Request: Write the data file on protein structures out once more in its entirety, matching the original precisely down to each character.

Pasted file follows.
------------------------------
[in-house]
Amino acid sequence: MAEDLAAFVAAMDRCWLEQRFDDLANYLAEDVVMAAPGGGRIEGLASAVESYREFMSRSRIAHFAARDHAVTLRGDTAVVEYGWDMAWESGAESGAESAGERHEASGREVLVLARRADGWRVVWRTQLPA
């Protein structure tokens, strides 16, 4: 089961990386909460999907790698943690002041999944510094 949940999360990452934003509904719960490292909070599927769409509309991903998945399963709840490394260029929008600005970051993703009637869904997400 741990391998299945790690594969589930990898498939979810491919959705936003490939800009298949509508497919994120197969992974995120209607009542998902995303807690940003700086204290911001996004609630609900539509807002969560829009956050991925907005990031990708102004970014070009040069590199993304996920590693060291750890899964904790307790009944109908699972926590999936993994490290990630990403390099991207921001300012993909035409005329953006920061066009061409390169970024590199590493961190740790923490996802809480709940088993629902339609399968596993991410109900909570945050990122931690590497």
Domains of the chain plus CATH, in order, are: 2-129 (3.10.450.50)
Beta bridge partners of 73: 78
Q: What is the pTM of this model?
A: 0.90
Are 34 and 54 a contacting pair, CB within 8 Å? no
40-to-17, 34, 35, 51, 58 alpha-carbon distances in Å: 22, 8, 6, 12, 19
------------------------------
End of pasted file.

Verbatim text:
[in-house]
Amino acid sequence: MAEDLAAFVAAMDRCWLEQRFDDLANYLAEDVVMAAPGGGRIEGLASAVESYREFMSRSRIAHFAARDHAVTLRGDTAVVEYGWDMAWESGAESGAESAGERHEASGREVLVLARRADGWRVVWRTQLPA
């Protein structure tokens, strides 16, 4: 089961990386909460999907790698943690002041999944510094 949940999360990452934003509904719960490292909070599927769409509309991903998945399963709840490394260029929008600005970051993703009637869904997400 741990391998299945790690594969589930990898498939979810491919959705936003490939800009298949509508497919994120197969992974995120209607009542998902995303807690940003700086204290911001996004609630609900539509807002969560829009956050991925907005990031990708102004970014070009040069590199993304996920590693060291750890899964904790307790009944109908699972926590999936993994490290990630990403390099991207921001300012993909035409005329953006920061066009061409390169970024590199590493961190740790923490996802809480709940088993629902339609399968596993991410109900909570945050990122931690590497």
Domains of the chain plus CATH, in order, are: 2-129 (3.10.450.50)
Beta bridge partners of 73: 78
Q: What is the pTM of this model?
A: 0.90
Are 34 and 54 a contacting pair, CB within 8 Å? no
40-to-17, 34, 35, 51, 58 alpha-carbon distances in Å: 22, 8, 6, 12, 19